- Eczema (Atopic Dermatitis)
- What are the symptoms and signs of eczema?
- What are the causes and risk factors for eczema (atopic dermatitis)?
- What are the different types of eczema?
- How is eczema (atopic dermatitis) diagnosed?
- How is eczema (atopic dermatitis) treated?
- Answers to frequently asked questions regarding atopic dermatitis
What are the causes and risk factors for eczema (atopic dermatitis)?
Causes of atopic dermatitis
The exact cause of atopic dermatitis and eczema, in general, is not yet known. The condition seems to have a link to a combination of environmental and genetic factors. In terms of atopic dermatitis, most sufferers have a basic skin (cutaneous) sensitivity, as well as an increased tendency toward itching and scratching. Atopic dermatitis has been seen to run in families, however, it is not yet known how the condition is passed from parents to their children.
Should a parent suffer from atopic dermatitis, hay fever or asthma, then their child has a higher chance of having at least one of these conditions.
Because of this, some experts suggest that the condition is linked to other atopic disorders such as asthma and hay fever (seasonal allergies), conditions that a number of individuals with atopic dermatitis also suffer from.
In addition to this, many children who have outgrown the symptoms associated with atopic dermatitis tend to develop asthma or hay fever later on in their childhood or life. As such, researchers have termed this the “atopic march”, also referred to as the “allergic march” which describes the transition from one type of allergic reaction to another over time. Bear in mind, that one of these disorders doesn’t necessarily cause another, however, these conditions seem to be related, giving researchers some clues into further understanding atopic eczema (dermatitis) and allergies as a whole.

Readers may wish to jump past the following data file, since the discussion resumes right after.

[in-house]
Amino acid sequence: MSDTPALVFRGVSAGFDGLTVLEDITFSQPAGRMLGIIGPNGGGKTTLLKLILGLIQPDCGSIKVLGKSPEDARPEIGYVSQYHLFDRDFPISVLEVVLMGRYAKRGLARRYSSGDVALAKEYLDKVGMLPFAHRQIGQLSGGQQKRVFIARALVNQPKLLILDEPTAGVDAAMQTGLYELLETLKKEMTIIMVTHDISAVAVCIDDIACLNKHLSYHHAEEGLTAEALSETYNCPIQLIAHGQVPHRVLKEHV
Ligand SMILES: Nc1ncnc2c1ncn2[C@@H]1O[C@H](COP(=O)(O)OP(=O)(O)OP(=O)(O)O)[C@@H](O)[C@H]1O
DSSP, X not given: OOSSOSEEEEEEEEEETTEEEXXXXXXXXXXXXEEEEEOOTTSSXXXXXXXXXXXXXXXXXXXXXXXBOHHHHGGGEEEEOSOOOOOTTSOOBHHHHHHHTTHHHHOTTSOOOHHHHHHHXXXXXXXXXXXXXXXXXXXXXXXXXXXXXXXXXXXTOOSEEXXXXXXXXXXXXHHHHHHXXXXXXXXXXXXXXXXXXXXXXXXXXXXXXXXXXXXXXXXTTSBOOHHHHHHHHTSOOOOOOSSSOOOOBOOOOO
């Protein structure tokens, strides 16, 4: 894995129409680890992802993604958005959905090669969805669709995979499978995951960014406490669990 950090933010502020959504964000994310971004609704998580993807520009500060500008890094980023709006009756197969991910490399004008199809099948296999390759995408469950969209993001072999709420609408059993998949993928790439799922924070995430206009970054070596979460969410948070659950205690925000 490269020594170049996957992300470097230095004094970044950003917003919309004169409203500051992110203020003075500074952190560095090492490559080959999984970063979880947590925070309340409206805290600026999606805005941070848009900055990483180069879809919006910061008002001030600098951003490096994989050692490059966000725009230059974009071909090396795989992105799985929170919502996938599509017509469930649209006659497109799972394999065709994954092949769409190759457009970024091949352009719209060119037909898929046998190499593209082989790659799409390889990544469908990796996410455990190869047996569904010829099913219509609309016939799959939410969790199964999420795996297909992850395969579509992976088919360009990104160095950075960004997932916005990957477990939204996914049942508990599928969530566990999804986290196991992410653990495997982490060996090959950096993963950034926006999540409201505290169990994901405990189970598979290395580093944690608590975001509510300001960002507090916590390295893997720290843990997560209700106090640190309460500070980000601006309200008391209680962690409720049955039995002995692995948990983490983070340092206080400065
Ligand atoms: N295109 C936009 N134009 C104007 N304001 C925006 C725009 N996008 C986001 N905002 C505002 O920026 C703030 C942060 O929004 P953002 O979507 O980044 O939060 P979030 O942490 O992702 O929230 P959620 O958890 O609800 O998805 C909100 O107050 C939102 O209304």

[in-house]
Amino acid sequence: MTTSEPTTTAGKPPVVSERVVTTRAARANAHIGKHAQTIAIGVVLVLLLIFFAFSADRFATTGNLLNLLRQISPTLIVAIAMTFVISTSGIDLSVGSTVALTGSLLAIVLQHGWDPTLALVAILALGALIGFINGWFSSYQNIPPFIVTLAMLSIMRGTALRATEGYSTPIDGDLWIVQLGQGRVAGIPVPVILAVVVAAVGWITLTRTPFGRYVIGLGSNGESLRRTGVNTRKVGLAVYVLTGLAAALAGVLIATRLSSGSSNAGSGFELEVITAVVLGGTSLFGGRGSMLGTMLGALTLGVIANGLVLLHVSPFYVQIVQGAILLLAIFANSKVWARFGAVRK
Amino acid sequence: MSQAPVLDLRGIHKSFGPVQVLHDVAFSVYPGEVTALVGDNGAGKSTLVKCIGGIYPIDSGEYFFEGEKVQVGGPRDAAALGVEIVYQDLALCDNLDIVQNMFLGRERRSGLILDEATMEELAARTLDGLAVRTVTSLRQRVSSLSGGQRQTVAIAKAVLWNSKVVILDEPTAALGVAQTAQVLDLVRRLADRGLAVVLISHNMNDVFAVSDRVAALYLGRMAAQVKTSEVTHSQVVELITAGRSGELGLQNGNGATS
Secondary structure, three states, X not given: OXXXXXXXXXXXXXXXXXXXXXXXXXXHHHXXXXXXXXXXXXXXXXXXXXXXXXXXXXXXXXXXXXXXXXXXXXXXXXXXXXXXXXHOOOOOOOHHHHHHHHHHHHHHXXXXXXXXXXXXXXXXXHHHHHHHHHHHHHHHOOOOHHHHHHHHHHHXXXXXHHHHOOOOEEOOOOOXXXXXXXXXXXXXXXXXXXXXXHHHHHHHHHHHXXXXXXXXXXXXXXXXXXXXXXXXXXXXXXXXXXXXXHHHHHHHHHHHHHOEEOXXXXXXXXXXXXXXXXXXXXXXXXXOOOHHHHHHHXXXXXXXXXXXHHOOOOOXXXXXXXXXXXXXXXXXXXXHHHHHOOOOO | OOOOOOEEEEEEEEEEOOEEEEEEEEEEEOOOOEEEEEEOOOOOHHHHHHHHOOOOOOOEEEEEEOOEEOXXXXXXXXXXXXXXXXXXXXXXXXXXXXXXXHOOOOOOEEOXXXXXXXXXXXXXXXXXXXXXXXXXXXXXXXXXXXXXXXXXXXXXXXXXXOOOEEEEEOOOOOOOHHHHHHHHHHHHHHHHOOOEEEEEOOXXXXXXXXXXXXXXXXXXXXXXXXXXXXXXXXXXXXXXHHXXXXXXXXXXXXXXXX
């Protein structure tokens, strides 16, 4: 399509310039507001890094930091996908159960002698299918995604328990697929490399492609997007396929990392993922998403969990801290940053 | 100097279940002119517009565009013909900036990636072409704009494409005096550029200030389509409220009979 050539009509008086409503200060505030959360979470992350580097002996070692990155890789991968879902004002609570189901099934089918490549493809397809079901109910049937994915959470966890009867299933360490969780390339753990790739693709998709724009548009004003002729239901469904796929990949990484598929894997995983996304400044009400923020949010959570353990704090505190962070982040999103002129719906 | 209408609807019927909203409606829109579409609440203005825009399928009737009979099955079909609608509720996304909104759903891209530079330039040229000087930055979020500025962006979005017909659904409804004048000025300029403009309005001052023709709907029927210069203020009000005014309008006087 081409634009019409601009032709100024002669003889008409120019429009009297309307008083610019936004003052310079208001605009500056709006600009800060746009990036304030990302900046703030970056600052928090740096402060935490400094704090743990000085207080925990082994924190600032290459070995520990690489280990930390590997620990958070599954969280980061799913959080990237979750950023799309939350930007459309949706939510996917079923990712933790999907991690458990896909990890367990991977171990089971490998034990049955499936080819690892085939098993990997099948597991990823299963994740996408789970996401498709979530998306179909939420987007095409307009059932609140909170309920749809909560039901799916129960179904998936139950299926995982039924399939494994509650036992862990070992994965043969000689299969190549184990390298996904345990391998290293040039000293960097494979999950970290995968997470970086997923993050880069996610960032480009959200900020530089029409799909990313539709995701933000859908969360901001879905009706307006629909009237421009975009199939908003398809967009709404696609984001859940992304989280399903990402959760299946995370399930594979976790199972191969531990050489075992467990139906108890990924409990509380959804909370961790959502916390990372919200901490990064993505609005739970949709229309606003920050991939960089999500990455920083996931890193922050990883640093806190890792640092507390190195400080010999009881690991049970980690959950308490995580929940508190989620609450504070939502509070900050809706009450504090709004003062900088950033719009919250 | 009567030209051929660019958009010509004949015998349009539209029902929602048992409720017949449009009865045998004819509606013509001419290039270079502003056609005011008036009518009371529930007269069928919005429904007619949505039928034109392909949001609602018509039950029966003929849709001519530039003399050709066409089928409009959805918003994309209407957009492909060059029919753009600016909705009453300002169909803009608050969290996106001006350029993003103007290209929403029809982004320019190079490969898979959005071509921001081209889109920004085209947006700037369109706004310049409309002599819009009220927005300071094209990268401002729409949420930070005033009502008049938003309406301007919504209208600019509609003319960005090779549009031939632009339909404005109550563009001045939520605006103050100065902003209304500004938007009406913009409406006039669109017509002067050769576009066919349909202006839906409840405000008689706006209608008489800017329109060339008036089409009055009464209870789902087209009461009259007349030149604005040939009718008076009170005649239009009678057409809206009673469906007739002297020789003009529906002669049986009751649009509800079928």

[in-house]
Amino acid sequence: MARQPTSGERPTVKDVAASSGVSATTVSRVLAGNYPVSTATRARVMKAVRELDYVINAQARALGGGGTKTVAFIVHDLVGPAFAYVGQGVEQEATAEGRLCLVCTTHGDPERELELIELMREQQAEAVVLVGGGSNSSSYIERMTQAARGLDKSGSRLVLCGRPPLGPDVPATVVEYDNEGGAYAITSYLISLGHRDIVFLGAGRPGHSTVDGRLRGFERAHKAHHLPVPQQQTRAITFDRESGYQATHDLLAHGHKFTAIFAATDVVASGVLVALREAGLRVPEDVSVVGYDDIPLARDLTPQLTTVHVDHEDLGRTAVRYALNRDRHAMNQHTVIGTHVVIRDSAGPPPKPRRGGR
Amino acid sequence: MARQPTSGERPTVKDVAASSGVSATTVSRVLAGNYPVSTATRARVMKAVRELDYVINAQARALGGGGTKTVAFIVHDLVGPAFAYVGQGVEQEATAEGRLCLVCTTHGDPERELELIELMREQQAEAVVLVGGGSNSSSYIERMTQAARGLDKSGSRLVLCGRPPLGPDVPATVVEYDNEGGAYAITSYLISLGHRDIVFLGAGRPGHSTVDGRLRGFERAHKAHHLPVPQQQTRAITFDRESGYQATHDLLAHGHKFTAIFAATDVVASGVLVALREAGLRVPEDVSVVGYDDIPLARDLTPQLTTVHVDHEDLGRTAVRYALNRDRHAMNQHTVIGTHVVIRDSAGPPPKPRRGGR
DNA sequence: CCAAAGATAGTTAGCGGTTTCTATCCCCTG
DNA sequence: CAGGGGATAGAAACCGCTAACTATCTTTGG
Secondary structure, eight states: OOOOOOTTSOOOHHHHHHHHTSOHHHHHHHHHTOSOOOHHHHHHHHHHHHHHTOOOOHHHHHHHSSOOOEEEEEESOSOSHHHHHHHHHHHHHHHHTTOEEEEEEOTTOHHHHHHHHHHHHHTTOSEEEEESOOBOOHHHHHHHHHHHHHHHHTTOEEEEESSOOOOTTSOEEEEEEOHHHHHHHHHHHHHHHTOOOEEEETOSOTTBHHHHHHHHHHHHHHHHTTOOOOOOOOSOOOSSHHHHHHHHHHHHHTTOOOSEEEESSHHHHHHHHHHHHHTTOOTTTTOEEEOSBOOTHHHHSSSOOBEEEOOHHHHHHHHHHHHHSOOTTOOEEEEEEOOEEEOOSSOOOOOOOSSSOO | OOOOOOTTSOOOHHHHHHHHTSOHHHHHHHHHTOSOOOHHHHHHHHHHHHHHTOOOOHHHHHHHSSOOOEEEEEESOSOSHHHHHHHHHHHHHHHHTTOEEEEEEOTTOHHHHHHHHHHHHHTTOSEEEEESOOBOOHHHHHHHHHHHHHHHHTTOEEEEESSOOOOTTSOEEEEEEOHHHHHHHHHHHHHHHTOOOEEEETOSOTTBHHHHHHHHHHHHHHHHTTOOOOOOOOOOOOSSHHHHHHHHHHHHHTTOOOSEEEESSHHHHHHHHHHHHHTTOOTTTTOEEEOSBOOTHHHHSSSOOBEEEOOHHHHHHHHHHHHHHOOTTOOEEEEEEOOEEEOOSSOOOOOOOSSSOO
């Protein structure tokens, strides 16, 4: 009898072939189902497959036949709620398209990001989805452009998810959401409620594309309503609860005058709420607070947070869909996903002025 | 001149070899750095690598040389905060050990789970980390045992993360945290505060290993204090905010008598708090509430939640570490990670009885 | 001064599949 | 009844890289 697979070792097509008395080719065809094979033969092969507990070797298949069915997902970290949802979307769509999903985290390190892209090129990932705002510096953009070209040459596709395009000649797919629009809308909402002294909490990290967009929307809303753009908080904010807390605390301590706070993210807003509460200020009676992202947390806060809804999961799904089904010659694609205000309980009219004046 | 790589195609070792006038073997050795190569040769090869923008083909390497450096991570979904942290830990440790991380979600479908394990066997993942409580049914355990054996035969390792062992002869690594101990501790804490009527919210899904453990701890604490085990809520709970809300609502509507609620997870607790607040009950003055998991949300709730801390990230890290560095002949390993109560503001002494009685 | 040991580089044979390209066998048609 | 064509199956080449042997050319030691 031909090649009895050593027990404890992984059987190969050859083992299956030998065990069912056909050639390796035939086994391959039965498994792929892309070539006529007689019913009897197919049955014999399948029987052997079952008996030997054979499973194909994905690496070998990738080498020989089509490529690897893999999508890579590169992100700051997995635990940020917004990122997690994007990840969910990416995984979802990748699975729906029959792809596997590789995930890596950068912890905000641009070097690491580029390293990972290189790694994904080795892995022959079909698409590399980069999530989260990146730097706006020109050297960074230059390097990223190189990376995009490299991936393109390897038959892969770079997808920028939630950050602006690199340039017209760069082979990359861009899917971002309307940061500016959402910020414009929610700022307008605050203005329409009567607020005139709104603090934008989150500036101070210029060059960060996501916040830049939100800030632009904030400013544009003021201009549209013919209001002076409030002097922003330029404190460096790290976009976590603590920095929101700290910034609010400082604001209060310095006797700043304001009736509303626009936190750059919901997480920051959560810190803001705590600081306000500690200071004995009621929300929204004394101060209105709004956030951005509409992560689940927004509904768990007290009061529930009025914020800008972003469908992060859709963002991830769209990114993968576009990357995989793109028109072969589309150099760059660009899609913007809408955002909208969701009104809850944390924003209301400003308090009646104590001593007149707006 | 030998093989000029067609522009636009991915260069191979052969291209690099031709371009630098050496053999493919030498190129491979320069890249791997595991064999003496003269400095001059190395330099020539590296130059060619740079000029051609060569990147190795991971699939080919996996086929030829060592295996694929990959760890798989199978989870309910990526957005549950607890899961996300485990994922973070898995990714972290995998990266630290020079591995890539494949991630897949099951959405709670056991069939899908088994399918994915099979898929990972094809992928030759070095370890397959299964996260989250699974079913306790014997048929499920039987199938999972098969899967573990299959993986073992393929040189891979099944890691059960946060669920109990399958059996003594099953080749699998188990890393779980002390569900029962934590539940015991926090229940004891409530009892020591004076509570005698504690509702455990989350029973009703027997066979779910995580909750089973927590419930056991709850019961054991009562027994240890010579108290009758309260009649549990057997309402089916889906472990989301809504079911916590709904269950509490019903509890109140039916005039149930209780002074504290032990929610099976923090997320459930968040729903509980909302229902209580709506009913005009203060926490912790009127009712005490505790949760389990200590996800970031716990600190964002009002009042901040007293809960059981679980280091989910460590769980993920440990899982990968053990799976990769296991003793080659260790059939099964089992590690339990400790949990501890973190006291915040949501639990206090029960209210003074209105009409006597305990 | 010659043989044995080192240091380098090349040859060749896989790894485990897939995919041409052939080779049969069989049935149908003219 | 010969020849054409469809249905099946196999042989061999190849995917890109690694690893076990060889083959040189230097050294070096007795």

A number of people who are affected by eczema and atopic dermatitis tend to have either a defective form of the skin protein known as filaggrin or a decreased quantity of the protein (vital in retaining skin moisture) present in the body.
People with atopic dermatitis typically have a mild level of immune system weakness, meaning their immune system is compromised in some way. Therefore, these people are predisposed to developing infections and conditions such as eczema.
Although stress and environmental factors have been seen to aggravate eczema, these components have not been identified as underlying or primary causes for the condition.
Risk factors and triggers for atopic dermatitis
- Age – Being younger has been seen to be a risk factor for atopic dermatitis as infants and young children are most commonly affected by the condition with roughly 65% of cases occurring before the age of one and roughly 90% occurring before the age of five5.
- Harsh detergents and soaps – these irritate the skin and may cause flare-ups
- Low humidity – The lack of moisture in low humidity areas may trigger the skin to react adversely
- Over washing of skin and frequent hand washing – This can dry out and agitate the skin
- Sweating – The sodium found in perspiration can dehydrate the skin and lead to irritation.
- Staphylococcus bacteria – This type of bacteria causes skin infections
Common irritants for adults and children with atopic dermatitis
Substances that damage the skin when used for long enough in high concentrations may cause the skin to become inflamed, these substances are known as irritants. Detergents, soaps and perfumes can result in inflammation, as well as some cosmetic products. Alcoholic solvents, chlorine, sand and dust are also capable on aggravating atopic dermatitis.
The list below mentions some more common irritants:
- Synthetic fibres or wool
- Cosmetics, lotions and perfumes
- Detergents and soaps
- Sand or dust
- Cigarette smoke
- Dander or animal fur
- Pollen and flowers
- Chlorine, solvents or mineral oil
5. University of Maryland Medical Centre. 2015. Eczema. Available: http://www.umm.edu/health/medical/altmed/condition/eczema [Accessed 06.10.2017]